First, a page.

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  • Writer's pictureEric Knitel

What is microlearning?  And how do instructional designers apply it in practice? 



Definitions: 

There are a variety of definitions surrounding microlearning and there are many ways as instructional designers to apply it in practice. Tipton defines it as, “short bursts of focused right-size content to help people achieve a specific outcome.” Let us take that definition and break it down. Observe that several things are clear-it presents no specific time frame or subject matter. What it does provide is that the goal is to be appropriately sized and that the performance results must be concrete (Tipton, 2022). According to Winger, “Microlearning focuses on one learning concept at a time and presents bite-sized bits of information meant to be consumed in a short period of time through a technology-based medium.


The format microlearning takes will vary situationally according to learner content and the instructor’s choice in tech tools, but it often surfaces in the form of short videos, tutorials, games, podcasts, graphics, or quizzes.” (Winger, 2018). Zhang & West focus on a central problem or skill that,” should be centered on one problem or skill. Including more problems or skills interferes with the objective of allowing individuals to learn a new skill or knowledge cluster within a short amount of time. The problem or skill should be contextualized in real situations connected to learners' jobs and careers so that they can immediately apply the learning.” (Zhang & West, 2020) 


Application: 

The first fully “digitally native” generation otherwise known as Gen Z, has a desire for speed over precision. Because of this emphasis, instructional designers and educators are turning to microlearning as an option to escalate effectiveness and facilitate learning regardless of location, time constraints, or technology (Gherman, et al., 2022). Creating and offering microlearning opportunities by employers and organizations is a growing trend because of the time constraints and costs associated with traditional training. The basic concept of microlearning consists of quick, bite-sized learning chunks that are accessible from any mobile device and provide the learning audience with focus around a skill or concept that needs attention or reinforcement.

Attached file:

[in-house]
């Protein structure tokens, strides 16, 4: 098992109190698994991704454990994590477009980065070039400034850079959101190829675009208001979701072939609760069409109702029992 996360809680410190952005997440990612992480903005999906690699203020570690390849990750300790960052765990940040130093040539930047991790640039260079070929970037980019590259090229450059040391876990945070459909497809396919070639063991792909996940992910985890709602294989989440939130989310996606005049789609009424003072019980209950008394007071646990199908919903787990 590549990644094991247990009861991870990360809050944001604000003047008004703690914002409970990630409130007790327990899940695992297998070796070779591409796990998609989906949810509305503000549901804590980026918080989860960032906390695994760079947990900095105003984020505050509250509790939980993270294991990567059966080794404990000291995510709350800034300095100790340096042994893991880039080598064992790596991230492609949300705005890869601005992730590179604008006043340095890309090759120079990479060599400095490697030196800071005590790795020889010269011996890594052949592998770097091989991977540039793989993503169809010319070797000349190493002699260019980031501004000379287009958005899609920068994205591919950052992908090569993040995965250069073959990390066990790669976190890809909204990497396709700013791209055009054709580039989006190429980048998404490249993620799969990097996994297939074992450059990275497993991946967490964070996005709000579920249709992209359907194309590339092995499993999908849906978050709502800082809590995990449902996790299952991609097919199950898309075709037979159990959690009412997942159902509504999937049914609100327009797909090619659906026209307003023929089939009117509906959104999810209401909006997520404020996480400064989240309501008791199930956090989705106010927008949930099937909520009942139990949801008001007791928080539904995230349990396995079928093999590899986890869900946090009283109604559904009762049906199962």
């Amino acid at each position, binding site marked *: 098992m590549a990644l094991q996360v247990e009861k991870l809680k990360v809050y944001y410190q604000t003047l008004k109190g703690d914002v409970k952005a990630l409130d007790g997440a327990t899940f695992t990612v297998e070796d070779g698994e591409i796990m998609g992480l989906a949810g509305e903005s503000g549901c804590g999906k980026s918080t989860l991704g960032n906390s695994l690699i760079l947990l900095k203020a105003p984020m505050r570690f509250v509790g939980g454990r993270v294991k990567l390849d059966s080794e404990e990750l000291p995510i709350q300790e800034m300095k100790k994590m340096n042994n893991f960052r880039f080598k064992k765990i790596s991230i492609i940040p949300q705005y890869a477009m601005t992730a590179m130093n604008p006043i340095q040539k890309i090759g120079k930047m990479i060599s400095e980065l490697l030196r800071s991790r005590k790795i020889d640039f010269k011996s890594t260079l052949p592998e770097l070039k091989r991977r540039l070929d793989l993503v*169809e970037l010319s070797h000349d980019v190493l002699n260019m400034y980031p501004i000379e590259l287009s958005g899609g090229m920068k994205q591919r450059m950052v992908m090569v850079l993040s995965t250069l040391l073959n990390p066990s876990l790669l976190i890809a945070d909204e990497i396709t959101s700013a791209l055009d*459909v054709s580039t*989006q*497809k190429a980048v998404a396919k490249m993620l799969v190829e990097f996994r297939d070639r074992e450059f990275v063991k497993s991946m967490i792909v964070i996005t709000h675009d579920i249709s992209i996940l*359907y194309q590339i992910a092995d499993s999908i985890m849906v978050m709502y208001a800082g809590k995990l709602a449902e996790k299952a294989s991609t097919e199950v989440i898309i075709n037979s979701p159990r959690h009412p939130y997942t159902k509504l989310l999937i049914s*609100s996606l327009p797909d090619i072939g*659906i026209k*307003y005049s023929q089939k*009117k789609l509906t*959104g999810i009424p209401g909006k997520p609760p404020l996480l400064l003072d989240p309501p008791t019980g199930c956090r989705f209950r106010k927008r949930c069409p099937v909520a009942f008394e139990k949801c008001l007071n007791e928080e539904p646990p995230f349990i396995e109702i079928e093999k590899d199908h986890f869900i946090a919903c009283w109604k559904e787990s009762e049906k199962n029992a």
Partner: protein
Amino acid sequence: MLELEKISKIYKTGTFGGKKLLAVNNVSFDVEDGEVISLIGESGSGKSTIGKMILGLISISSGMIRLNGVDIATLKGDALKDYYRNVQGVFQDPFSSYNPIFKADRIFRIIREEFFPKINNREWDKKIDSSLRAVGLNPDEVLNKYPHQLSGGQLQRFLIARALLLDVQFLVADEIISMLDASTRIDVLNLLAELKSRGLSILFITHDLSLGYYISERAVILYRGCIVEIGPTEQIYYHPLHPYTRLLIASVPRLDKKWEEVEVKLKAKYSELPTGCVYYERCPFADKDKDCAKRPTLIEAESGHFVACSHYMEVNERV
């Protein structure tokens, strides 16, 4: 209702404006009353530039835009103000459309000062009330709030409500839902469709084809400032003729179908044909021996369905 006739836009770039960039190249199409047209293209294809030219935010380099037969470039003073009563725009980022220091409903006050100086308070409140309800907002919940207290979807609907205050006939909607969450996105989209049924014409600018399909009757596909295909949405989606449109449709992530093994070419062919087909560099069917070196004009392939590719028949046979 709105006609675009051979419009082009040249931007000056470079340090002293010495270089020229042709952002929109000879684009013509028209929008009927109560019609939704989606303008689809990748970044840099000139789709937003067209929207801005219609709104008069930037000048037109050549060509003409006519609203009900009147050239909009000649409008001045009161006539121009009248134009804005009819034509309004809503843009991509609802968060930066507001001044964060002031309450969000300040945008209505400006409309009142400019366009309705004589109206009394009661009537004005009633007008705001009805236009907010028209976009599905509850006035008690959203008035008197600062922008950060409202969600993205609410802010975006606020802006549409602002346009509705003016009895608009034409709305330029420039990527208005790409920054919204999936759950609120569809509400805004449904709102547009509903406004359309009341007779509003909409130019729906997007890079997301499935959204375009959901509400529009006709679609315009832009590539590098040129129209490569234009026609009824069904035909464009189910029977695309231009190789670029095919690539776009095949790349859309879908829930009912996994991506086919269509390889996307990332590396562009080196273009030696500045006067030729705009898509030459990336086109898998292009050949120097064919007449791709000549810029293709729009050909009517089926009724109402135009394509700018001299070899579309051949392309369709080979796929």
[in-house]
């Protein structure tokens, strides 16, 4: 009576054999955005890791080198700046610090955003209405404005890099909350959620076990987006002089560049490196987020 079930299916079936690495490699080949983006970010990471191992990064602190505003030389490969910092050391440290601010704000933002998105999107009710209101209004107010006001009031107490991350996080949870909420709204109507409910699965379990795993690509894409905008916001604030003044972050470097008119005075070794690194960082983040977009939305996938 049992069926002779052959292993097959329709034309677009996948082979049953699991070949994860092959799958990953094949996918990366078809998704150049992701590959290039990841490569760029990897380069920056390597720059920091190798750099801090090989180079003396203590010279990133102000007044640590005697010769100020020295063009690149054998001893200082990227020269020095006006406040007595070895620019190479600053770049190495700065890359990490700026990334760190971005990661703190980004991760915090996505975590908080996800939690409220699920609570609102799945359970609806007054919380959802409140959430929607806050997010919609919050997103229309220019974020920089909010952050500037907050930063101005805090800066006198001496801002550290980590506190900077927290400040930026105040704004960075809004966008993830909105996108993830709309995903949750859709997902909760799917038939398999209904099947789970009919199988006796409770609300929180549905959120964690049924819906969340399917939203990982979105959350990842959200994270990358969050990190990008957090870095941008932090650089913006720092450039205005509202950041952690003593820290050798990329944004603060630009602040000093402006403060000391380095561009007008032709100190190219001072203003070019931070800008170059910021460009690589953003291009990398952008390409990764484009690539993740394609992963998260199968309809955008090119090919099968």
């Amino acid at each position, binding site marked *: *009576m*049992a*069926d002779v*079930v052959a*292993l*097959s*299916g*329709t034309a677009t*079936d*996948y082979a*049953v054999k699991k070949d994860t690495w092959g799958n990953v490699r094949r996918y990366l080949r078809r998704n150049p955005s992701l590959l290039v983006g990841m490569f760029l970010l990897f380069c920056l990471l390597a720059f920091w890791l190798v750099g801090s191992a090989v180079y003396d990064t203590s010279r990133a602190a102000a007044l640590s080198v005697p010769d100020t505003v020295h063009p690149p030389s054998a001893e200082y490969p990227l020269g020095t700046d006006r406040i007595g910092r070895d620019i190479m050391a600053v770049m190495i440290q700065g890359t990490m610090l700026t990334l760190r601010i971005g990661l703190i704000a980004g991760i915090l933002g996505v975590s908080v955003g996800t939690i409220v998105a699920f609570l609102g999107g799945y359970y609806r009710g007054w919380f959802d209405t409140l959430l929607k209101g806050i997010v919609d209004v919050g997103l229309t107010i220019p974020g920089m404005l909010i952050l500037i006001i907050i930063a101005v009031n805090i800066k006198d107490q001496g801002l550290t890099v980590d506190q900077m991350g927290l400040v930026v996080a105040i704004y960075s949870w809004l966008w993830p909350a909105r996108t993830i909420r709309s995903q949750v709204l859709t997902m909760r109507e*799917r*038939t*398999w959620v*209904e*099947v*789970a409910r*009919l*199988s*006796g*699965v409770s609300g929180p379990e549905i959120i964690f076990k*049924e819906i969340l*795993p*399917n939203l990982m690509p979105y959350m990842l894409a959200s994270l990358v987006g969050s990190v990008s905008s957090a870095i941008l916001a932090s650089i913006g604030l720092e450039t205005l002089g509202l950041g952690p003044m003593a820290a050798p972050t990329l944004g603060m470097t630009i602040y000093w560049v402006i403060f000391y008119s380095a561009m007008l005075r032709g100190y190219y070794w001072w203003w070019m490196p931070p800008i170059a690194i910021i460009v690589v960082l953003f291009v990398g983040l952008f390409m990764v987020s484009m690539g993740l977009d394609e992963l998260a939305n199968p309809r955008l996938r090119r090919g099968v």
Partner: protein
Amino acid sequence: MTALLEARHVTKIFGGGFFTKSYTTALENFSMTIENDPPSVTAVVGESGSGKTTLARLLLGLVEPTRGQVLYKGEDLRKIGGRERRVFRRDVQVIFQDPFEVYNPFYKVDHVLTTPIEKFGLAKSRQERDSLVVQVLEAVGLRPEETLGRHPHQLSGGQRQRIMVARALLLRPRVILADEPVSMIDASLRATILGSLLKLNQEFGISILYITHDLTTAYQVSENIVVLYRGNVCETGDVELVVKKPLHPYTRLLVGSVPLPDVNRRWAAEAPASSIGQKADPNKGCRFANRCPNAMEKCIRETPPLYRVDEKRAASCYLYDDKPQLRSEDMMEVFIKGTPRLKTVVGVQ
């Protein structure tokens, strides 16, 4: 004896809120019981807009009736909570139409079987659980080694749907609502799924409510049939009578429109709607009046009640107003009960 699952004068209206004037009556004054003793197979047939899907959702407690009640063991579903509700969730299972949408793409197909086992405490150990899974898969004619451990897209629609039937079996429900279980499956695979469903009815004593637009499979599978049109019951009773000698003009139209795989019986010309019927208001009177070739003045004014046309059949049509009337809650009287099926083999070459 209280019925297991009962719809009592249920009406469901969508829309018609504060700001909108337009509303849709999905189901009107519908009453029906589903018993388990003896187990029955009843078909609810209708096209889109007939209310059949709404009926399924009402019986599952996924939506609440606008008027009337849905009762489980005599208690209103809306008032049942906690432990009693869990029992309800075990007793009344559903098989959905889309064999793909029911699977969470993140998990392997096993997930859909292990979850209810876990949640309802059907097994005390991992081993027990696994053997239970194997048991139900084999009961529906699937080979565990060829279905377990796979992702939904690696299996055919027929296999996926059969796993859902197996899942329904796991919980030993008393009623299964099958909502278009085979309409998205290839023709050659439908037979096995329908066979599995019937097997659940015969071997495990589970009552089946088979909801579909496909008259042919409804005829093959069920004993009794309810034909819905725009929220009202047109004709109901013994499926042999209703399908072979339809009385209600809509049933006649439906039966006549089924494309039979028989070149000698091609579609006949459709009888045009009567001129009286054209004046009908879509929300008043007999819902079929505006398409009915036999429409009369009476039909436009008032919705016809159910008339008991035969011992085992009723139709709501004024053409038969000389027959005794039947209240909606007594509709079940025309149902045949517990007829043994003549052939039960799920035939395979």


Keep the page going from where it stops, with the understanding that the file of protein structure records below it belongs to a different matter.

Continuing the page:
Idoceo is a student management and gradebook app perfectly suited to aid these instructors in dealing with many classes of students. When dealing with these students, the challenge of keeping flexible and detailed data on each class, and all learners, is overwhelming. As a new user of this app, educators need a quick start to successfully implement all the robust and available features inside this digital tool. 


The microlearning course is entitled: Creating & copying class data into the iDoceo planner and grade book app. The training experience will consist of a brief how-to video with a short multiple-choice assessment. Getting started and up and running in the most efficient and straightforward manner is explained in a quick and easy to understand way. 



Take a look at some other resources regarding microlearning:


What is Microlearning? A great video by Rued Riis:





References: 

e-learningpartners.com. eLearning vs. microlearning: what are the differences? Elearning Partners. https://shorturl.at/FOTV1 


Gherman, O., Turcu, C. E., & Turcu, C. O. (2022). An approach to adaptive microlearning in higher education


Riis, Rued. (2020, December 23). What is microlearning? [2-Minute Explainer]. YouTube. https://youtu.be/KlbsuPAibfY?si=wwfE-S-CSgzGR-Qk 


Tipton, S. (2022, May 1). Small scale learning can reap big rewards: myths about microlearning are preventing the modality from being as effective as it can be. TD Magazine, 76(5), 36. 


Winger, A. (2018). Supersized tips for implementing microlearning in macro ways. Distance Learning, 15(4), 51–55. 


Zhang, J., & West, R. E. (2020). Designing microlearning instruction for professional development through a competency-based approach. TechTrends: Linking Research & Practice to Improve Learning, 64(2), 310–318. https://doi.org/10.1007/s11528-019-00449-4 


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